Know yourself “from the inside out.” Accepting yourself helps you move beyond your limitations.

Take the long view. When you’re facing hardship or you’re discouraged, “realize that this, too, will pass.”

Learn from your mistakes. “As you meet challenges and learn from them, you gain wisdom. I call that the university of life.”

Cultivate gratitude. “I’m known as being ‘magnificently marvelous,’ and I really feel that way. I’ve been blessed.”

Community Voices
“Paul’s goal for the people he serves is for them to have peace of mind and internal joy. He is both astute and erudite and has spent his life’s work tackling the challenges and addressing the needs of our community’s most vulnerable children and families.” Teree Caldwell-Johnson, CEO, Oakridge Neighborhood 

“Paul continues to make a difference in the community, uplifting individuals and families as a mentor and life coach, sharing his knowledge, talents, wisdom and treasure.” Mary Chapman, vice president emeritus, Des Moines Area Community College

“He has supported not only his place of worship but other places of worship in the African-American community to promote
a sense of unity in order to bring about positive change.” Rev. Frederick Gaddy, St. Paul AME Church

Among His Achievements

  • First African-American to have a private practice office for clinical social work in Des Moines.
  • President of the board of the African American History Museum of Iowa.
  • President of the Visiting Nurses Association and Services.
  • Instructor at Drake and Grand View universities and the University of Iowa.

Jody Reynolds

Children have been a lifelong passion for Jody Reynolds. “I was educated to be a teacher, and then when I got married at age 27, we knew we wanted six children,” says Reynolds, a Des Moines native who married Stan Reynolds in 1968. The couple did have the six children they wanted, but tragically, their third child, Brigid, had serious complications at birth that led to her eventual death. “When you have a sick child, you get the true scope of what’s there and not there in terms of services,” Reynolds, now 76, says. “You see the needs that aren’t being met.”

That need helped spur Reynolds’ unwavering devotion to helping children, primarily through her well-known work with Variety—The Children’s Charity. Over the past 43 years, she has helped raise some $109 million for the organization, which serves children who are ill, at-risk or have other special needs. Reynolds also was the first female president of Variety International, a role that took her across the globe to advocate for the world’s most vulnerable citizens.

Her Advice
Know you can do more. In 2003, Reynolds visited a home for severely disabled children in Tasmania. “These kids couldn’t be more handicapped, and I was so moved by the tender loving care they were receiving. The caretakers were so giving. That stands out in my mind, and I remember thinking at the time, ‘I can raise more money. I can always do more.’ ”

Press forward. Being the first female president of Variety International was, at times, “complicated. … Some of the old boys didn’t cotton to it.” But Reynolds didn’t let their resistance slow her down: “I put a smile on my face and pressed forward.”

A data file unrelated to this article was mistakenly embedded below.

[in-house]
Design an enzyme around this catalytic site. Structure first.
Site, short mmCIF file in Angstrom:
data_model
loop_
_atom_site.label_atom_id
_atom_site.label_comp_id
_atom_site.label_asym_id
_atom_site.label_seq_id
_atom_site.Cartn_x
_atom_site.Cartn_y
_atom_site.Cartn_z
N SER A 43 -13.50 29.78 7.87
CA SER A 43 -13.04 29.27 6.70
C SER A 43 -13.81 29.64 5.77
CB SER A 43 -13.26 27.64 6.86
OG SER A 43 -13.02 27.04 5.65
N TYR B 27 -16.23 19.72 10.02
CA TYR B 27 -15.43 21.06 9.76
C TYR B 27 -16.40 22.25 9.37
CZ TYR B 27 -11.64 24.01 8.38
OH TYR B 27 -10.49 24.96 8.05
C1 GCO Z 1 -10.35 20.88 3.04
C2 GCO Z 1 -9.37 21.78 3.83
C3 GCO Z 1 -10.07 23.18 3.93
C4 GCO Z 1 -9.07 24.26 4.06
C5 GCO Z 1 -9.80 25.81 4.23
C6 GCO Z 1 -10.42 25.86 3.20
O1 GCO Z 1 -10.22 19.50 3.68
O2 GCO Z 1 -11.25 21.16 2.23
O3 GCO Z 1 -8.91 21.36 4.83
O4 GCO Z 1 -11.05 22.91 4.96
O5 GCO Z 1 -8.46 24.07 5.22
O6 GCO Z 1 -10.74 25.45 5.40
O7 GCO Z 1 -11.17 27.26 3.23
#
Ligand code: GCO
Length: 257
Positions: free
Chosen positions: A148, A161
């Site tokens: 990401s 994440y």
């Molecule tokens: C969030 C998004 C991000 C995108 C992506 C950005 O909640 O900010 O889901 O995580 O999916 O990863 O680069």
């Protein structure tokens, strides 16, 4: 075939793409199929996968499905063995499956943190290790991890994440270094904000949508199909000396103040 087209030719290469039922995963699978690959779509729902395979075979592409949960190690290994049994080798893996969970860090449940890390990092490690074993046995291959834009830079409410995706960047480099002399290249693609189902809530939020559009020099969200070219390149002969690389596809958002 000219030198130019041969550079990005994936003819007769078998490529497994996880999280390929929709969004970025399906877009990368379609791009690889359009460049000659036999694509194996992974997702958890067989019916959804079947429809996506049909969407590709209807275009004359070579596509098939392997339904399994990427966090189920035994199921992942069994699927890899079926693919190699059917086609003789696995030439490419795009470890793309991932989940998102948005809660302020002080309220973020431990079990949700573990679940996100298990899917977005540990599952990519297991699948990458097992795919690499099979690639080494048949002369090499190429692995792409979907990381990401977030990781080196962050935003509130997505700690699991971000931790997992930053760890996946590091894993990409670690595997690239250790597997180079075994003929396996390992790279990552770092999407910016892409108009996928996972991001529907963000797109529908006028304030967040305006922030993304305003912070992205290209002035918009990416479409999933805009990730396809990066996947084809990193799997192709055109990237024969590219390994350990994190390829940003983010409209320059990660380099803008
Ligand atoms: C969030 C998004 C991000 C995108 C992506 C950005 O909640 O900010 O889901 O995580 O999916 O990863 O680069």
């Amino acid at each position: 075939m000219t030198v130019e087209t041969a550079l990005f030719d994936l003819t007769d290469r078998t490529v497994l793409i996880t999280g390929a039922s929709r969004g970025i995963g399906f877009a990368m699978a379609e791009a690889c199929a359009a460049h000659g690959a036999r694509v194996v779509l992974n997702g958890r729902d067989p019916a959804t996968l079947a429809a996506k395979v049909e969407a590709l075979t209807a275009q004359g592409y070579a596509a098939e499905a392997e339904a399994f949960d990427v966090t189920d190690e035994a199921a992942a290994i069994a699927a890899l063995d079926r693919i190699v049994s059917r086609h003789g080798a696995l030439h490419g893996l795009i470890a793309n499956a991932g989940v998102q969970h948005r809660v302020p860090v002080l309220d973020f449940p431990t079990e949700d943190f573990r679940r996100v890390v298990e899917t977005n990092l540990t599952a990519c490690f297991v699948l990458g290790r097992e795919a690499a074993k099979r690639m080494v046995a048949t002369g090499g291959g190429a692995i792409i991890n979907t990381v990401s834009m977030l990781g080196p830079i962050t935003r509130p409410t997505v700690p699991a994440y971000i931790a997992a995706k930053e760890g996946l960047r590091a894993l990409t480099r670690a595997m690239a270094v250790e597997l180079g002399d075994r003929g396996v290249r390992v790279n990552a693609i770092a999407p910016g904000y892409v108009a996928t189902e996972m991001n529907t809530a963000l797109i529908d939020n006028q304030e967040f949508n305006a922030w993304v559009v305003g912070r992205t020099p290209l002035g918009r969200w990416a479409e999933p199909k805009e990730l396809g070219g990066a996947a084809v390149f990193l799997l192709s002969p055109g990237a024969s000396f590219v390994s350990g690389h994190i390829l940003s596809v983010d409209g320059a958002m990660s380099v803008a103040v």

Make the call. Reynolds notes that there’s always need for volunteers in the community and that getting involved is as easy as calling an organization and offering your help.

Enjoy the journey. Reynolds says she never envisioned where being involved with Variety would take her. “It’s been a wonderful journey raising money and helping others. It’s been a lot of fun.”

Community Voices
“Jody’s passion is to give each child the opportunity to have a better life.” Sherri McMichael, executive director, Variety—The Children’s Charity of Iowa

“Jody has long been a role model for many women to come forward and become a leader.” Rosalie Gallagher, community volunteer and owner of Rosalie Gallagher Designs

“We’ve heard Jody say when she tours the hospital that she always strives to learn something. While her 40-plus years of support are remarkable in and of itself, it is even more telling that she is seeking to understand what needs there are and what role she can play to fill those needs.” David Stark, executive vice president and chief operating officer, UnityPoint Health and Dr. Stephen R. Stephenson, president and chief operating officer, Blank Children’s Hospital

Among Her Achievements

  • First female president of Variety Club of Iowa (now Variety—The Children’s Charity of Iowa)
  • First female president of Variety International
  • Recipient of the YWCA’s Women of Achievement Award
  • Worked for the American Red Cross in Vietnam and South Korea

Stephen W. Roberts

Politics is never far from the mind of Stephen Roberts, 78, a former chairman and national committee member for the Republican Party in Iowa who has been engaged in the political arena since he was a young boy lamenting that Dewy lost to Truman in ’48. Two of his most influential mentors were former Iowa Gov. Robert Ray and former mayor and attorney Arthur Davis. “Giant figures,” says Roberts, a senior shareholder with the Davis Brown law firm. “I learned dedication from both of them.”